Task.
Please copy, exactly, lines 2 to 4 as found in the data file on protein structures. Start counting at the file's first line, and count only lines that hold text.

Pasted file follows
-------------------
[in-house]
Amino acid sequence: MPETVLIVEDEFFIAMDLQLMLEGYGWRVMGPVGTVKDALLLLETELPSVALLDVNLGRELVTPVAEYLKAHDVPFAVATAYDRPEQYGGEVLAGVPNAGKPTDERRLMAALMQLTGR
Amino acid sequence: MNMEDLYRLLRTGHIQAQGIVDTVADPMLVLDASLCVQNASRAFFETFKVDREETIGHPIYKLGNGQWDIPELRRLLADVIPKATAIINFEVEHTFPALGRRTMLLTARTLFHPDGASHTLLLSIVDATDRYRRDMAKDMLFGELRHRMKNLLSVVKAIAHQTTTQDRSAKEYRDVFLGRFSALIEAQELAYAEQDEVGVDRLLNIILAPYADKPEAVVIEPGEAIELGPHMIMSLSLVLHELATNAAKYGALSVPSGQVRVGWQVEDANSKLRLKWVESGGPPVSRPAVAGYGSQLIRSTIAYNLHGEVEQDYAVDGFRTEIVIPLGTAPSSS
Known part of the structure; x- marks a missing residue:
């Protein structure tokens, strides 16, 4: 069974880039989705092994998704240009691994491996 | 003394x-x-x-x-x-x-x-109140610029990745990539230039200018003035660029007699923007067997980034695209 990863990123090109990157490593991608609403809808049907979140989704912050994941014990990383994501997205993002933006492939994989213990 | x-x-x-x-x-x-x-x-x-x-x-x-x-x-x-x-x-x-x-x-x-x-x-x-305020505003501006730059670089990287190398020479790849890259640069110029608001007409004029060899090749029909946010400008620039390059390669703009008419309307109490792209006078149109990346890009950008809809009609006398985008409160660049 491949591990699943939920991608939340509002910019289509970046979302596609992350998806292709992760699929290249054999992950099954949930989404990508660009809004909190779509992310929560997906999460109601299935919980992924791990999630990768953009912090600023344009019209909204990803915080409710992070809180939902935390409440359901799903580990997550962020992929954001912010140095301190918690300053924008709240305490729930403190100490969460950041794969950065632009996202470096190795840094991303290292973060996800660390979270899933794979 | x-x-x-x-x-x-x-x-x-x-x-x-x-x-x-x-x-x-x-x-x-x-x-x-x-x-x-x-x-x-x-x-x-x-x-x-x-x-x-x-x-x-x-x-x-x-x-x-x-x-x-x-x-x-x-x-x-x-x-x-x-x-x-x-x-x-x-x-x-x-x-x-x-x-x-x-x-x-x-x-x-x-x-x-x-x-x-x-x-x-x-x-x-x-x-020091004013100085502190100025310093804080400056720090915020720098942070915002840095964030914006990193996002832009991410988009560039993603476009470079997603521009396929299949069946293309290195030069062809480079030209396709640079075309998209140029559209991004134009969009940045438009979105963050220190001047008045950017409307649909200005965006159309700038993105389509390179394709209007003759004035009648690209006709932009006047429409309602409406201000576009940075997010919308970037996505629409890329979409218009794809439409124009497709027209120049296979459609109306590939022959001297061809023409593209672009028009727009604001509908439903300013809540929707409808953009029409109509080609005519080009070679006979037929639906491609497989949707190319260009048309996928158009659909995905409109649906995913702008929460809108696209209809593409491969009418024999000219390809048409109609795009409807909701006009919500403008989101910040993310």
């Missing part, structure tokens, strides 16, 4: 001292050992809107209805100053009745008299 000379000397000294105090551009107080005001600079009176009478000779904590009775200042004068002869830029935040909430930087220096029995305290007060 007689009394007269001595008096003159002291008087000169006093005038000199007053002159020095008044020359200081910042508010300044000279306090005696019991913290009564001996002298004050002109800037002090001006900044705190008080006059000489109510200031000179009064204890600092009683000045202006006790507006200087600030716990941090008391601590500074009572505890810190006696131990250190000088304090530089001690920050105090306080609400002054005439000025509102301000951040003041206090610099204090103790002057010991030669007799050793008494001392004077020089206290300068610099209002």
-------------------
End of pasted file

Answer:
Amino acid sequence: MPETVLIVEDEFFIAMDLQLMLEGYGWRVMGPVGTVKDALLLLETELPSVALLDVNLGRELVTPVAEYLKAHDVPFAVATAYDRPEQYGGEVLAGVPNAGKPTDERRLMAALMQLTGR
Amino acid sequence: MNMEDLYRLLRTGHIQAQGIVDTVADPMLVLDASLCVQNASRAFFETFKVDREETIGHPIYKLGNGQWDIPELRRLLADVIPKATAIINFEVEHTFPALGRRTMLLTARTLFHPDGASHTLLLSIVDATDRYRRDMAKDMLFGELRHRMKNLLSVVKAIAHQTTTQDRSAKEYRDVFLGRFSALIEAQELAYAEQDEVGVDRLLNIILAPYADKPEAVVIEPGEAIELGPHMIMSLSLVLHELATNAAKYGALSVPSGQVRVGWQVEDANSKLRLKWVESGGPPVSRPAVAGYGSQLIRSTIAYNLHGEVEQDYAVDGFRTEIVIPLGTAPSSS
Known part of the structure; x- marks a missing residue: